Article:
Professor Andrew Atherton gives his thoughts on his first two months as Principal and Vice-Chancellor:
“I am now two months into the job of Principal and Vice-Chancellor, and have already learned a great deal already about the University and the city. I would like to thank everybody I have met and communicated with so far, for welcoming me into your community and also being so open in our conversations. Both have made the transition into the role much easier. I still have a lot to learn and want to continue to hear from staff, and so encourage you to continue to contribute and engage.
Before I started in this job, I had done some research and background analysis of Dundee and my conclusion was that this is a very good university. What I have found since I started here is that it is even better than it seems from the outside. There is real quality and excellence across the university. This is something to celebrate.”
Professor Kevin Read discusses “Discovering New Drugs to Treat Tropical Diseases” at Discovery Days 2019.
“The second half of my first week was spent at Discovery Days and I found it hugely inspiring to hear about the work being done by our newest Professors, especially its quality and impact. For example, listening to Kevin Read telling us about major breakthroughs that could treat diseases such as malaria and tuberculosis, I was struck that there are special things happening here that couldn’t be claimed by many other universities.
These achievements are evident across the University, as is the progress we are making on many fronts. For example, the growth in student recruitment that has been achieved in recent years is outstanding, and well ahead of other universities in the UK.
As I referred to in my open sessions with staff, we need to do more to raise awareness of our achievements globally. Our reputation, as measured in the global surveys such as QS and Times Higher Education, does not match our actual performance. In the QS world rankings we rank in the 200s, but our reputation for research and teaching – as measured through a survey of academic in other countries – is only just in the top 500. Not enough people know about Dundee’s quality and achievements. We need to do much more to get the word out about what we do, and how good it is.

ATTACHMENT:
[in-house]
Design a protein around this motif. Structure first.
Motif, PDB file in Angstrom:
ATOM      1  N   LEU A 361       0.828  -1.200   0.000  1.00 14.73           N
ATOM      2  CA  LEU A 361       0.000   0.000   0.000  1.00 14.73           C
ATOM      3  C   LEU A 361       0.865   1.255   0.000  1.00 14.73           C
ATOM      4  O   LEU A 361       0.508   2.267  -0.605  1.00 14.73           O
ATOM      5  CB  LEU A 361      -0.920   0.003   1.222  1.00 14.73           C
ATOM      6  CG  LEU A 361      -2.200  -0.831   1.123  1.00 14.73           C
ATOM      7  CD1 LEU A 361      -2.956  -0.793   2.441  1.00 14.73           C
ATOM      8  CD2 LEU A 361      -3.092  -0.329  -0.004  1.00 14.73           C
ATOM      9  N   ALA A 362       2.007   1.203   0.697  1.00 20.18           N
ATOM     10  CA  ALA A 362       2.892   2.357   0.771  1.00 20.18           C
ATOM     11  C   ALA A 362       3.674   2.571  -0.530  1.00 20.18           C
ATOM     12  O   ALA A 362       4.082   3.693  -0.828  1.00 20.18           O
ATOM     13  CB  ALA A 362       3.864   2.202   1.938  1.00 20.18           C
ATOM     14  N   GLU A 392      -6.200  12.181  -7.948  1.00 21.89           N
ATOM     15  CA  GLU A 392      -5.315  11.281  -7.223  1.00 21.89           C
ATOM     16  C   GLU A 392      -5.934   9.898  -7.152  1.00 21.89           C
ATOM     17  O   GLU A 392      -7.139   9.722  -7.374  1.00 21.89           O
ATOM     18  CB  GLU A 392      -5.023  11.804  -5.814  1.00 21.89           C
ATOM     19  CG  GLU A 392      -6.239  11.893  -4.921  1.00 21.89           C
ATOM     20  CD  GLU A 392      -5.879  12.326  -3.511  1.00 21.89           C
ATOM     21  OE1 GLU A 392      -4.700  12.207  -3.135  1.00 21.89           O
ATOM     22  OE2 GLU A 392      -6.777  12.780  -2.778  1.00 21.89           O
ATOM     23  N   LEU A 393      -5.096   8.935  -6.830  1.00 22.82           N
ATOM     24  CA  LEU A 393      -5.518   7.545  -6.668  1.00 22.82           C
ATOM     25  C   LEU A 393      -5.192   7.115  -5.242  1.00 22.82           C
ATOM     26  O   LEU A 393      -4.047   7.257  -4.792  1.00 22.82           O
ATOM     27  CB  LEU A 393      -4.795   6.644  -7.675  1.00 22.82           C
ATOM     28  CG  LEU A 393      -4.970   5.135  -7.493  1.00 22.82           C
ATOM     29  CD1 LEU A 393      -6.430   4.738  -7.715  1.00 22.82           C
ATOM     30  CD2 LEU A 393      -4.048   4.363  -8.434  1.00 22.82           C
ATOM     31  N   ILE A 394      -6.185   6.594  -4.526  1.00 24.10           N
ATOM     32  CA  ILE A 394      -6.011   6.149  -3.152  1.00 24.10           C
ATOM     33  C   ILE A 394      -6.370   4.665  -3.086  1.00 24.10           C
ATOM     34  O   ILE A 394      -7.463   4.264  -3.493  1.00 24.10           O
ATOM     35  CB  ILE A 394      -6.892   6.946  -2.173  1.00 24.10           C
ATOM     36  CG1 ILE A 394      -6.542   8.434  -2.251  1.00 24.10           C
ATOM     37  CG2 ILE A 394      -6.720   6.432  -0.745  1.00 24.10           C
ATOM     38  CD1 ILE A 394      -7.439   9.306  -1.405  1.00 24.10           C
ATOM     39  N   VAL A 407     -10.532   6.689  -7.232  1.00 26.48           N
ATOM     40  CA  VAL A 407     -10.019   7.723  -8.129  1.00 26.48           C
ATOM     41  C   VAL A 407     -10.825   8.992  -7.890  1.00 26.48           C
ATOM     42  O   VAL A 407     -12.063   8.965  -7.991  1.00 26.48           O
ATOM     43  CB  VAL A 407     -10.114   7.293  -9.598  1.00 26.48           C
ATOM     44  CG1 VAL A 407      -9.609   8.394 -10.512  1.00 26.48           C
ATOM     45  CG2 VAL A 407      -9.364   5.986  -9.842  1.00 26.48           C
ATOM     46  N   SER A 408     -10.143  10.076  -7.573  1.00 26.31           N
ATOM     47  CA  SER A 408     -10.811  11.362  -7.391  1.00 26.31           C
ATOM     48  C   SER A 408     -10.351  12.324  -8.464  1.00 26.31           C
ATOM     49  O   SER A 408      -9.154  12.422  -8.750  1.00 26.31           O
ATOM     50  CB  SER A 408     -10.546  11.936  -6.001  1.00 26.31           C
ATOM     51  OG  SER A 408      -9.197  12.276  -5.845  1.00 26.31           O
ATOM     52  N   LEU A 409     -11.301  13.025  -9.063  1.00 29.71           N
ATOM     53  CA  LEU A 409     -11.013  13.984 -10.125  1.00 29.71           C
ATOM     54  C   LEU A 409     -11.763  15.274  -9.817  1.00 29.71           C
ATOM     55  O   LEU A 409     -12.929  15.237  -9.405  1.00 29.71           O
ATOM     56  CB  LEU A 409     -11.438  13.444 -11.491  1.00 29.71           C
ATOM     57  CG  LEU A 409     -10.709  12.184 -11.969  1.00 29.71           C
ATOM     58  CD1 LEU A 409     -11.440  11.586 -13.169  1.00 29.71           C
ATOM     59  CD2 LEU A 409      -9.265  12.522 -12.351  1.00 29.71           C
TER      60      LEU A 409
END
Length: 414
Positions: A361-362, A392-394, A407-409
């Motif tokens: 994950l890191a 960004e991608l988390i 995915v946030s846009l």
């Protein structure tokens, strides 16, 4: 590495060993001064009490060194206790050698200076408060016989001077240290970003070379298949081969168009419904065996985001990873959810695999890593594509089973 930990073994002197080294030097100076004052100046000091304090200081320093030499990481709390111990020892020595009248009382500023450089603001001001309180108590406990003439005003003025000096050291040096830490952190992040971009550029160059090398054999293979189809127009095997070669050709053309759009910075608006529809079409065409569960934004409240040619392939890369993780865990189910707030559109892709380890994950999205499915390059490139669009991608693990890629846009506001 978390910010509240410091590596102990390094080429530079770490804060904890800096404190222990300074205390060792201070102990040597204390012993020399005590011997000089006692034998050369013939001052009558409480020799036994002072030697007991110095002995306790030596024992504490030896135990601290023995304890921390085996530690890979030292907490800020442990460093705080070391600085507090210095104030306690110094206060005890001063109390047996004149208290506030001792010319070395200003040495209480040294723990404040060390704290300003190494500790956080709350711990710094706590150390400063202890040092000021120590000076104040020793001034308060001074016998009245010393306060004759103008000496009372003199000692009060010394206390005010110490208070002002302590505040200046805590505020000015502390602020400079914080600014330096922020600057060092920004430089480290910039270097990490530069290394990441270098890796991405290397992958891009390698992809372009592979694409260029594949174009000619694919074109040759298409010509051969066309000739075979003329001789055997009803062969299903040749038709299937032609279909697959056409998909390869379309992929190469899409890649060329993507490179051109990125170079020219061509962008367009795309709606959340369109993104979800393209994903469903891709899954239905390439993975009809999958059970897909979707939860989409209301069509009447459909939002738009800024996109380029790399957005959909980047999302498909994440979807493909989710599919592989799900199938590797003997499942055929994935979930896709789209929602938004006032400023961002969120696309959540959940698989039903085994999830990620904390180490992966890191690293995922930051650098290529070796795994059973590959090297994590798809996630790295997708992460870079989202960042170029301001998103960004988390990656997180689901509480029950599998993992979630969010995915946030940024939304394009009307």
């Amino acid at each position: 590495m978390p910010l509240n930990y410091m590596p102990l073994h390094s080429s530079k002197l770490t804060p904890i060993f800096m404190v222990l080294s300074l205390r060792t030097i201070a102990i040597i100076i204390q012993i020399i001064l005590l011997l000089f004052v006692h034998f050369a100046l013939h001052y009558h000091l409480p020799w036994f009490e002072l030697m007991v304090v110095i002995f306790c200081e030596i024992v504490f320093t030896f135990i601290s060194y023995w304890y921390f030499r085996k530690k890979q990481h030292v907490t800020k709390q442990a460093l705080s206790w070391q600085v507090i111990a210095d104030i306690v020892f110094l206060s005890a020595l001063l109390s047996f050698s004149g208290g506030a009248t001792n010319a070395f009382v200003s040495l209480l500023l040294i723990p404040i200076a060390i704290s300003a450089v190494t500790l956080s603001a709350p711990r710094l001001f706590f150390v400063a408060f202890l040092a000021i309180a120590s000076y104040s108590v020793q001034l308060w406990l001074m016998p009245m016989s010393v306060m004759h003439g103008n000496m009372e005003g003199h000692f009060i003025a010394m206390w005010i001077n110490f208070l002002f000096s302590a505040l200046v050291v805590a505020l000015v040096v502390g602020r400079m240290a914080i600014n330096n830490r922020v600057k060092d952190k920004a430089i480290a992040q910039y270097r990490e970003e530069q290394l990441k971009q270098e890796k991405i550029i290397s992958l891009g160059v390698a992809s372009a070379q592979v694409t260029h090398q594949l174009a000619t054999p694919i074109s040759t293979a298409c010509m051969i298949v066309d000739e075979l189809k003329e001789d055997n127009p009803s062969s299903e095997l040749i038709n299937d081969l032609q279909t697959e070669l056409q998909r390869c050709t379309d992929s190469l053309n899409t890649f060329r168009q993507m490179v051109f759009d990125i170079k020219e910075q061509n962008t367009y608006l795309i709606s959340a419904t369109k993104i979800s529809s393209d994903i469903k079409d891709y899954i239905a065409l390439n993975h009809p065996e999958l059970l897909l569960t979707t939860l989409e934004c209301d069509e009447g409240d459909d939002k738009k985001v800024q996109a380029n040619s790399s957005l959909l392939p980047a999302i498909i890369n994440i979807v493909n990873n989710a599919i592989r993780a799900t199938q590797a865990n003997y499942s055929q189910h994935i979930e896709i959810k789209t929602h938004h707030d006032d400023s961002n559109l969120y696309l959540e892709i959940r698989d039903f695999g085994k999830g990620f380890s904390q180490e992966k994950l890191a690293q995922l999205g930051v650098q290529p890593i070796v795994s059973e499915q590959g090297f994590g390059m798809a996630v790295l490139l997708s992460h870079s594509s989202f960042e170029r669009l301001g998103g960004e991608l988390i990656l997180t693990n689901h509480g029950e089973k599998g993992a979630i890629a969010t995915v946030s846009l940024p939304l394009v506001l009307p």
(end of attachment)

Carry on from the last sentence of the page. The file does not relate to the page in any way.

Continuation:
Because of these real strengths, I feel optimistic about where we are going. However, we are facing some real challenges we must address. The biggest of those is our financial sustainability. The university is currently operating at a deficit, and the recent award from the funding council does not help this. Dealing with the deficit is neither easy nor straightforward, but is a priority for us to address.
How we do this will be important. I am aware that in the past there have been measures to reduce costs, some of which have had lasting effects. Although we can’t rule out any option at this point, Dundee is growing and thriving and as a result, I want us to look at income growth, new opportunities for revenue generation and improvements to productivity as first steps. If we get these right, even if at some point we need to reduce costs, we can do so in a way that does not constrain our growth and allows us to continue to make improvements to quality. Whatever decisions we make, I will ensure we do them openly and you have opportunities to express your views. I will also consider the effects and implications to the university and as much to staff and students before we make any decisions.
Dundee’s continuing progress and our achievements in so many areas are a very good basis for future development. I feel optimistic about our future, proud of the university and confident we will continue to make Dundee even more successful than it is today.”